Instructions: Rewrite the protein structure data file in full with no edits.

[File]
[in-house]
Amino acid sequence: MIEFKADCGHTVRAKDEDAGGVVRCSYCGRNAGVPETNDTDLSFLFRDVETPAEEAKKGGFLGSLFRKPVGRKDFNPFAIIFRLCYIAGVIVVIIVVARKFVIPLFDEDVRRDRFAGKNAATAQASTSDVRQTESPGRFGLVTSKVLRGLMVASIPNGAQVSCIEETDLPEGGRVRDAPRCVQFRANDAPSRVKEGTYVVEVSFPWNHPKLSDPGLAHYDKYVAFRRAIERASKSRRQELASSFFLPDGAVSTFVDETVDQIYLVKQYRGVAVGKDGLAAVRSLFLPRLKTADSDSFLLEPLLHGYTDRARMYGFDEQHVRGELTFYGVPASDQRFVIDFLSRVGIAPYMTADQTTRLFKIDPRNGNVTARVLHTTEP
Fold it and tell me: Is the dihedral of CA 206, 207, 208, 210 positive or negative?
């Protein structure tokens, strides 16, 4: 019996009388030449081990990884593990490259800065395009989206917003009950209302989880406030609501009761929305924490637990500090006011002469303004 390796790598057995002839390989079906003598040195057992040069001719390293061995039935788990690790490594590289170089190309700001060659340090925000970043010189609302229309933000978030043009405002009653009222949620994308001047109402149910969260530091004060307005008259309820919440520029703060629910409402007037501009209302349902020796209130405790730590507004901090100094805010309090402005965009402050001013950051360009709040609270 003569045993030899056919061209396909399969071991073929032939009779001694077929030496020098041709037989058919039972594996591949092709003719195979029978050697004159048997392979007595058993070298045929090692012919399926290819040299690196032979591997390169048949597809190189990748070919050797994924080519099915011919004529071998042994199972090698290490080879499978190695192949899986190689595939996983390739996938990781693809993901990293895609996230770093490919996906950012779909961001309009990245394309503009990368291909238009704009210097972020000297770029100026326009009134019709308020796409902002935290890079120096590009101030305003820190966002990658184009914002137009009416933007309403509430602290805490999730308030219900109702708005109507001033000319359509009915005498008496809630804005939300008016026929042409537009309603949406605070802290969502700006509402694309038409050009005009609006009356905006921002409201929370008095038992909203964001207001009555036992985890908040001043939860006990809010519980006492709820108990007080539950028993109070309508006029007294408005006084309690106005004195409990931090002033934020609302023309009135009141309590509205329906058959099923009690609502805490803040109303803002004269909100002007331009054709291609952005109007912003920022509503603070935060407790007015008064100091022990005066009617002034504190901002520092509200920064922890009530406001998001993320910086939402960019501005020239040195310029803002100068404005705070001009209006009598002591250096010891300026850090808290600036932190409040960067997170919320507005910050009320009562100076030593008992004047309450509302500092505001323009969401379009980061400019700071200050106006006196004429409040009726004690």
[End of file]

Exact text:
[in-house]
Amino acid sequence: MIEFKADCGHTVRAKDEDAGGVVRCSYCGRNAGVPETNDTDLSFLFRDVETPAEEAKKGGFLGSLFRKPVGRKDFNPFAIIFRLCYIAGVIVVIIVVARKFVIPLFDEDVRRDRFAGKNAATAQASTSDVRQTESPGRFGLVTSKVLRGLMVASIPNGAQVSCIEETDLPEGGRVRDAPRCVQFRANDAPSRVKEGTYVVEVSFPWNHPKLSDPGLAHYDKYVAFRRAIERASKSRRQELASSFFLPDGAVSTFVDETVDQIYLVKQYRGVAVGKDGLAAVRSLFLPRLKTADSDSFLLEPLLHGYTDRARMYGFDEQHVRGELTFYGVPASDQRFVIDFLSRVGIAPYMTADQTTRLFKIDPRNGNVTARVLHTTEP
Fold it and tell me: Is the dihedral of CA 206, 207, 208, 210 positive or negative?
């Protein structure tokens, strides 16, 4: 019996009388030449081990990884593990490259800065395009989206917003009950209302989880406030609501009761929305924490637990500090006011002469303004 390796790598057995002839390989079906003598040195057992040069001719390293061995039935788990690790490594590289170089190309700001060659340090925000970043010189609302229309933000978030043009405002009653009222949620994308001047109402149910969260530091004060307005008259309820919440520029703060629910409402007037501009209302349902020796209130405790730590507004901090100094805010309090402005965009402050001013950051360009709040609270 003569045993030899056919061209396909399969071991073929032939009779001694077929030496020098041709037989058919039972594996591949092709003719195979029978050697004159048997392979007595058993070298045929090692012919399926290819040299690196032979591997390169048949597809190189990748070919050797994924080519099915011919004529071998042994199972090698290490080879499978190695192949899986190689595939996983390739996938990781693809993901990293895609996230770093490919996906950012779909961001309009990245394309503009990368291909238009704009210097972020000297770029100026326009009134019709308020796409902002935290890079120096590009101030305003820190966002990658184009914002137009009416933007309403509430602290805490999730308030219900109702708005109507001033000319359509009915005498008496809630804005939300008016026929042409537009309603949406605070802290969502700006509402694309038409050009005009609006009356905006921002409201929370008095038992909203964001207001009555036992985890908040001043939860006990809010519980006492709820108990007080539950028993109070309508006029007294408005006084309690106005004195409990931090002033934020609302023309009135009141309590509205329906058959099923009690609502805490803040109303803002004269909100002007331009054709291609952005109007912003920022509503603070935060407790007015008064100091022990005066009617002034504190901002520092509200920064922890009530406001998001993320910086939402960019501005020239040195310029803002100068404005705070001009209006009598002591250096010891300026850090808290600036932190409040960067997170919320507005910050009320009562100076030593008992004047309450509302500092505001323009969401379009980061400019700071200050106006006196004429409040009726004690």